unlike traditional architects, he does not move to a new project after the so-called architectural phase.
An Agile Architect writes system-level tests that stress the architecture.
He writes the infrastructure tests to test the architecture of the system. If there is an architectural hole then the failing test would point to that hole. Since agile promotes testing first, he writes tests to make the system fail on quality attributes and then makes relevant changes to the architecture to make the tests pass. In rare cases where testing is not practical, he thinks of other ways in which he can "test" the architecture. This ensures that effort is not spent around unproven design. The tests confirm the viability of a good design on which effort should be put. Any design decision, however small it may be, is preceded by a test case.
For example, if the system is supposed to meet the desired quality of service at a load of 10000 users then he writes JMeter or equivalent stress scripts to generate adequate load on the system to make sure that the system is performing under that load. If this test fails, then he refactors the architecture to make sure that the test passes. Now after refactoring when the test is executed again, it should be green.
An Agile Architect participates in intense collaboration.
He does not make design and technical decisions alone; these decisions are collaboratively achieved with the team. He has an open mind for ideas and is a firm believer of the fact that he does not know everything and is never protective or defensive about his own ideas. The best ideas come from the team when members brainstorm together; anyone may have a good idea or valuable insight. Open and honest communication helps people to make better decisions based on better information. The Agile Architect is a people person who treats everyone with respect, and promotes every opportunity to learn from each other. He promotes consensus and allows everyone on the team to contribute to the solution.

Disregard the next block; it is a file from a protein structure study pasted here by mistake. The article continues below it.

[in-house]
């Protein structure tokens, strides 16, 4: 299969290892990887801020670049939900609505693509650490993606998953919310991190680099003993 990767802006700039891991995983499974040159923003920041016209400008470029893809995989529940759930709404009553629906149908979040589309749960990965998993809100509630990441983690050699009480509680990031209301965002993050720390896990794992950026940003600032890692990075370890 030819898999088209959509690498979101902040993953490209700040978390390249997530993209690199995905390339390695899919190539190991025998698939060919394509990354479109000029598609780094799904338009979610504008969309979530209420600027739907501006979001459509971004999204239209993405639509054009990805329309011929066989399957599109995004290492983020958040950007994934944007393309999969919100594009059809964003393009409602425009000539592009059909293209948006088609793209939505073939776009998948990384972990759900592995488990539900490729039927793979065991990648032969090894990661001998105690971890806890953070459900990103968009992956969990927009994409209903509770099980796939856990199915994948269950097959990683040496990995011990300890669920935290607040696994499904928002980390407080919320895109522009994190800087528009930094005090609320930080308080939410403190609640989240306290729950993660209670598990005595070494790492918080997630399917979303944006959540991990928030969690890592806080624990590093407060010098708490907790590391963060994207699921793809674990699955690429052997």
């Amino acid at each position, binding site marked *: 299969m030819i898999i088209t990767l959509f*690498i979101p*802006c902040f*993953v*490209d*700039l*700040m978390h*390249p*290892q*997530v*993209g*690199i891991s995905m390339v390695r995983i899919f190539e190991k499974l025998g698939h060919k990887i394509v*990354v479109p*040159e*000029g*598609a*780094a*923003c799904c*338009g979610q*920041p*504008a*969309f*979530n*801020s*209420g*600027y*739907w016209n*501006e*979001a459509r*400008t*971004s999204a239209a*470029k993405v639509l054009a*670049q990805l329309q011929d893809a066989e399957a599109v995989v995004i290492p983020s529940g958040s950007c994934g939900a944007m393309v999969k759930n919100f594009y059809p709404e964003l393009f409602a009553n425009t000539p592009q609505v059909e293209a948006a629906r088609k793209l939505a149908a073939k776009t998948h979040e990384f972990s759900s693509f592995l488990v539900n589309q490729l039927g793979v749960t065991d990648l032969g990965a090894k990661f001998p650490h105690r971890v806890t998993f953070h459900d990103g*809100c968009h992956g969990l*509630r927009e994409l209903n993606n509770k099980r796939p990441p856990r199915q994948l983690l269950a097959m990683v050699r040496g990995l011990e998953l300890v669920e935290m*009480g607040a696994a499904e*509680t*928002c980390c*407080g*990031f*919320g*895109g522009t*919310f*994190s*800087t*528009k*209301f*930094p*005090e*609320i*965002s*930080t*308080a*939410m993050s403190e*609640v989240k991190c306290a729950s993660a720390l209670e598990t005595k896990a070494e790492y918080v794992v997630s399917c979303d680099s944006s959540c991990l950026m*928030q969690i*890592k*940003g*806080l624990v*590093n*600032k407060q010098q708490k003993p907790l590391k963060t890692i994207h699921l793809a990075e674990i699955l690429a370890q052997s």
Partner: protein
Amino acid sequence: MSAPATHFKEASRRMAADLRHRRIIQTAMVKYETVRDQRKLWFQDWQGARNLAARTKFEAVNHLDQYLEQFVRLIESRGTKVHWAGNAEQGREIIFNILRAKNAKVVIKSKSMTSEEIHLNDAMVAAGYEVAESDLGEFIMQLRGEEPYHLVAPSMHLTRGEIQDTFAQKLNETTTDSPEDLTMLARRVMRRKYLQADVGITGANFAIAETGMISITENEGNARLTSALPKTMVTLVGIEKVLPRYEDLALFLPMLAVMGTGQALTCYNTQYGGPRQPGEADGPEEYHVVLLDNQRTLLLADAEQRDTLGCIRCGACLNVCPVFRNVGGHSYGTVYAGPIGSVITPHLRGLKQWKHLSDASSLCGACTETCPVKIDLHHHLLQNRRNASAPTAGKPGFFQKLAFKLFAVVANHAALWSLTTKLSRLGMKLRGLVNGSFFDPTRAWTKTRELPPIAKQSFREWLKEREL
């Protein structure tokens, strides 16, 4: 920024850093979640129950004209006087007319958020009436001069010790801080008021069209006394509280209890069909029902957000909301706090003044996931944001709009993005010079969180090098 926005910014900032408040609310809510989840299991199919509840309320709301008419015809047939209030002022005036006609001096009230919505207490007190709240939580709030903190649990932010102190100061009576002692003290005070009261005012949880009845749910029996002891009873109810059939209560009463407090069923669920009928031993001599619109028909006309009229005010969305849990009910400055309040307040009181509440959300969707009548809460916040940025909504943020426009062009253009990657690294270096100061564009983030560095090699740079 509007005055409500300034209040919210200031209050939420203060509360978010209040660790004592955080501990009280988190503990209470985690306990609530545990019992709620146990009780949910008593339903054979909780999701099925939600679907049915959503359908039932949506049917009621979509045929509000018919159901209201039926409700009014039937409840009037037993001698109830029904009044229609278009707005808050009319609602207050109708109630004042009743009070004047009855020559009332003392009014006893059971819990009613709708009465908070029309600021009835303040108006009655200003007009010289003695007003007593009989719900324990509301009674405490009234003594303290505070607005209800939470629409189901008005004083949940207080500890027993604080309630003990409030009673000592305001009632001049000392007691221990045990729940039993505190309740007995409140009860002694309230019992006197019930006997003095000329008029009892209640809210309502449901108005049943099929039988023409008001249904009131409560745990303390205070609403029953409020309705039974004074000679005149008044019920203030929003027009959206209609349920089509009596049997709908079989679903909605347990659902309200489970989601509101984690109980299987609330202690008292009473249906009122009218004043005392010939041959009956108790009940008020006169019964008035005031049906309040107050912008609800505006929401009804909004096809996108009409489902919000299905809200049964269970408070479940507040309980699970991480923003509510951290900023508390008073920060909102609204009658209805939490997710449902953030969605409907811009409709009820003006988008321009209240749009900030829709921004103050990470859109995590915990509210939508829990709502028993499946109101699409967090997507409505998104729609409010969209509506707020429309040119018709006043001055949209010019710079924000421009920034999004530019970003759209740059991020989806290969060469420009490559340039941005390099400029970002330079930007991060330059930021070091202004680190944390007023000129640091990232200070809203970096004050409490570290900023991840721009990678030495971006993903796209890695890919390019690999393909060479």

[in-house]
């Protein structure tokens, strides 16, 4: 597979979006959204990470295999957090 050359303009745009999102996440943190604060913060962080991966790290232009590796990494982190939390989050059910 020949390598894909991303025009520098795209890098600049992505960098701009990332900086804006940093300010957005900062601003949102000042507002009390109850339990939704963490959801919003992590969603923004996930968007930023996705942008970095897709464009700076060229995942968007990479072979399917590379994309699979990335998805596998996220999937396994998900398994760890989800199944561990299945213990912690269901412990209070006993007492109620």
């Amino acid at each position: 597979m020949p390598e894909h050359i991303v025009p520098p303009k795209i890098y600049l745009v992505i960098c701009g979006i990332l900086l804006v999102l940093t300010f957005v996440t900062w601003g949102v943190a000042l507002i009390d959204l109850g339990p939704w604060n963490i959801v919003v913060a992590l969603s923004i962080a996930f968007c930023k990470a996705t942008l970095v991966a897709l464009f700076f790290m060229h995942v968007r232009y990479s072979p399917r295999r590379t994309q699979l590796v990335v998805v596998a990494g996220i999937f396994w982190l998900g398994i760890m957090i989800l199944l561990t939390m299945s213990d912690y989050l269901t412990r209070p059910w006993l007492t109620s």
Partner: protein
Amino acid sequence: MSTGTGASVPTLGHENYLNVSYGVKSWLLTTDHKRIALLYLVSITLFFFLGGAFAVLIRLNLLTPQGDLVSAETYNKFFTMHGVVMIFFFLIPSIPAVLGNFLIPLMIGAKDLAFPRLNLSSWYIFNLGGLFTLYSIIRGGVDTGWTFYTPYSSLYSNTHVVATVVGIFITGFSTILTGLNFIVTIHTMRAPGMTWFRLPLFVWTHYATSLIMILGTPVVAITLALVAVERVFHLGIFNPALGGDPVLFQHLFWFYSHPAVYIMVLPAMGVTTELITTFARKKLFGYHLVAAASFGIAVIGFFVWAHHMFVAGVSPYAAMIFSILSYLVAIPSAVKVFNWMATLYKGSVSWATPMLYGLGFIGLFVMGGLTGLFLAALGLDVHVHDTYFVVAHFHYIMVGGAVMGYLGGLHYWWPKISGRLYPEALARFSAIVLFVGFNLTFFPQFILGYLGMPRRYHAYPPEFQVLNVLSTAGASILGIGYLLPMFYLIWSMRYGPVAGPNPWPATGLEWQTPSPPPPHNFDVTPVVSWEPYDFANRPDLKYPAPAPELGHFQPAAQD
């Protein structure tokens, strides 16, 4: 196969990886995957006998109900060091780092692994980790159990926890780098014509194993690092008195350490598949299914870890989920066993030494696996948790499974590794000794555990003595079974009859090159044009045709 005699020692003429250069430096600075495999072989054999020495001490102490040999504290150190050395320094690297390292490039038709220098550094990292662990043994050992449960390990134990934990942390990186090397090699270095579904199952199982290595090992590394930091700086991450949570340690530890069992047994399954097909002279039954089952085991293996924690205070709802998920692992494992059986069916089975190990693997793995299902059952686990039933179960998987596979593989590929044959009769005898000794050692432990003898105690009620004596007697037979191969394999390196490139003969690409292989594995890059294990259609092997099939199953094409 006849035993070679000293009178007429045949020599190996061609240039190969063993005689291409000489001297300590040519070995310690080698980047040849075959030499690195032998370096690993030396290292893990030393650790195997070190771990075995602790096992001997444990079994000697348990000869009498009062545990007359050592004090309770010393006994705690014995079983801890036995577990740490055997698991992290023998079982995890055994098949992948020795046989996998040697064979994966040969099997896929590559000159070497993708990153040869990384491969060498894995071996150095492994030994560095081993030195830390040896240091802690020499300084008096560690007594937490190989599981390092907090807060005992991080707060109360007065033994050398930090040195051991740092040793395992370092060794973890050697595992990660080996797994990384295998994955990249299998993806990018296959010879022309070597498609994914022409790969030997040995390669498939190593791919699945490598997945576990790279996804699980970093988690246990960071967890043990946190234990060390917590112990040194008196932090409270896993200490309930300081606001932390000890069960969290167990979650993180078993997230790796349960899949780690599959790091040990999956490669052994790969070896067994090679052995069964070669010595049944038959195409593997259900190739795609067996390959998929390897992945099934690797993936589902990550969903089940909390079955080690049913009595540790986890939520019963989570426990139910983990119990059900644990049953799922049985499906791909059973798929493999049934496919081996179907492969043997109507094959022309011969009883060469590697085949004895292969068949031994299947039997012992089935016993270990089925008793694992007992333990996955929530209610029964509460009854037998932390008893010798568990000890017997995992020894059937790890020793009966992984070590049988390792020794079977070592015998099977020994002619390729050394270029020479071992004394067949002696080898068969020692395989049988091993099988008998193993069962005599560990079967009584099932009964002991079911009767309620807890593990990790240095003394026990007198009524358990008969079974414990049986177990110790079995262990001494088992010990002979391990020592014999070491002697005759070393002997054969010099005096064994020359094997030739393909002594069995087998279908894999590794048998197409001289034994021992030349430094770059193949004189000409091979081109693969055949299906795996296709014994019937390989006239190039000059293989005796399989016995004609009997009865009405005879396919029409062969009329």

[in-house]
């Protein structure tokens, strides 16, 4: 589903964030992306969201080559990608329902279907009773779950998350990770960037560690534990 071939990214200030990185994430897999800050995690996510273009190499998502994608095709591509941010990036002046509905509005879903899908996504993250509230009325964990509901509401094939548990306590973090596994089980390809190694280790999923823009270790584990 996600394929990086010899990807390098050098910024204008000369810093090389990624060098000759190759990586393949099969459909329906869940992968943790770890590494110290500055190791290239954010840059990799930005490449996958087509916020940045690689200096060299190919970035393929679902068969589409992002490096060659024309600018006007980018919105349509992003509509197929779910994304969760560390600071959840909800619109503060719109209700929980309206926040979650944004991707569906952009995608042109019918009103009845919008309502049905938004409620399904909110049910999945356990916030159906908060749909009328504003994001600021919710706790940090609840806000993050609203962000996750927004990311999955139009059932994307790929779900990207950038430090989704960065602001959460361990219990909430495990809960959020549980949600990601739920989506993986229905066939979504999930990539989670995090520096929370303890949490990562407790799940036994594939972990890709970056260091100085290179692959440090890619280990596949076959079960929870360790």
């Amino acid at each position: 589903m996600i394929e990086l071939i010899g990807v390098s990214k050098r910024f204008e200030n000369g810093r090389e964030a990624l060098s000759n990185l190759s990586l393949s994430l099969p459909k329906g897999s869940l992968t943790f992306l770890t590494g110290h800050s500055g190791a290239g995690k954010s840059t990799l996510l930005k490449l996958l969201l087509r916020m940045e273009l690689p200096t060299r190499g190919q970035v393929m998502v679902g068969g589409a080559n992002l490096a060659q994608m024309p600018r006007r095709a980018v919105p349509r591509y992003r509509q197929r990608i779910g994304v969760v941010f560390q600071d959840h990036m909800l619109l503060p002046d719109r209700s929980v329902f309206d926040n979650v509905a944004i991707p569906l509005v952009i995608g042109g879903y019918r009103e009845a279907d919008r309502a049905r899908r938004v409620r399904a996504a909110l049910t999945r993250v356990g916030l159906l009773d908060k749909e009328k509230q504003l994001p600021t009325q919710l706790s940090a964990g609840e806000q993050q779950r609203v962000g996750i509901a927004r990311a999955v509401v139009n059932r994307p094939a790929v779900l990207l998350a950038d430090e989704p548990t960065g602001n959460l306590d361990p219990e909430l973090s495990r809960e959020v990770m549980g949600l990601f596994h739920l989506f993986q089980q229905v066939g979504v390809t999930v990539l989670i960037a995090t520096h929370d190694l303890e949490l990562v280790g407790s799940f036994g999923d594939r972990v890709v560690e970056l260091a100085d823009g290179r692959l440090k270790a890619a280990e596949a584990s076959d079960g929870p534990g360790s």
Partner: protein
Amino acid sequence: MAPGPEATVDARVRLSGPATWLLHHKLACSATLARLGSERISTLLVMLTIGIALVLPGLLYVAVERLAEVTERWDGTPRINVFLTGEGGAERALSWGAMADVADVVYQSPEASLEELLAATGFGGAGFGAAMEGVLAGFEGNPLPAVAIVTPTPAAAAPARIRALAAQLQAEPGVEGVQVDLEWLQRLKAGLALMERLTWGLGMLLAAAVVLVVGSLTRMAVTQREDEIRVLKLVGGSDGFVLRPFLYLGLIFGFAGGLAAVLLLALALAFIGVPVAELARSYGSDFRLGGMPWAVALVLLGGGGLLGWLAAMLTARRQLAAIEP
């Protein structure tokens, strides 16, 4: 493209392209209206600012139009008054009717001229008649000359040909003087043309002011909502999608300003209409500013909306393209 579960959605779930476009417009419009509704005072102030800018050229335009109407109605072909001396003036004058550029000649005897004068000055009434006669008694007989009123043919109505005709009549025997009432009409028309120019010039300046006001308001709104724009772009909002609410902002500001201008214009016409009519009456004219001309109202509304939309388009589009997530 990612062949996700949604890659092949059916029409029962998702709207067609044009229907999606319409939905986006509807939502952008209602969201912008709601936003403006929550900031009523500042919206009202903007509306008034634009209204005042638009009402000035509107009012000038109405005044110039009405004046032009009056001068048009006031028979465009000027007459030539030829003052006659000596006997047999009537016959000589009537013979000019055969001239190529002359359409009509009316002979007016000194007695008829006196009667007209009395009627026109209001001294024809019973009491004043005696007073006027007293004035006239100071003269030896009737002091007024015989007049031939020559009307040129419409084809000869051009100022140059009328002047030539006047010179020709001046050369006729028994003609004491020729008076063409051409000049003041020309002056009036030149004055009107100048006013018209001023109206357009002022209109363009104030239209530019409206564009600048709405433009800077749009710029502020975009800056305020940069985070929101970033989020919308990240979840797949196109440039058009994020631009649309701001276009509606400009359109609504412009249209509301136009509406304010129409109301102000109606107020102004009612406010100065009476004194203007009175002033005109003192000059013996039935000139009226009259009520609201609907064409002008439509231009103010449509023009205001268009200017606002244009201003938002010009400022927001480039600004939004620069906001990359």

If a business sponsor explains the goals of a project and the architect proposes a single solution immediately, you're probably not working with a true architect.
An Agile Architect is a rock solid mentor.
This is a trait which has no bounds. He constantly works with the team to improve its decision-making abilities. This eventually helps in giving the Agile Architect better leverage than being the sole decision maker on the project. He utilizes his team better by guiding the team on new technology, building and providing support for technical frameworks. He makes sure that the team doesn't simply reject a design due to lack of experience or discomfort with the techniques/technologies. If that is the case, he bridges the gap for the team so that they can make informed decisions.
As Martin Fowler puts it "This leads to the satisfying rule of thumb that an architect's value is inversely proportional to the number of decisions he or she makes." [i]
An Agile Architect is a deft mediator.
Agile teams include skilled and passionate team members. Frequently, there are differences of opinion on a design decision, the best way to implement a feature, ways to improve the development process, etc. These differences of opinion may lead to heated exchanges and may result in hard feelings if not handled quickly and effectively. On these occasions, the team members need a mediator who has more experience, maturity, and knowledge to help the team and break disconnects. The Agile Architect is a perfect fit with his level of maturity and experience.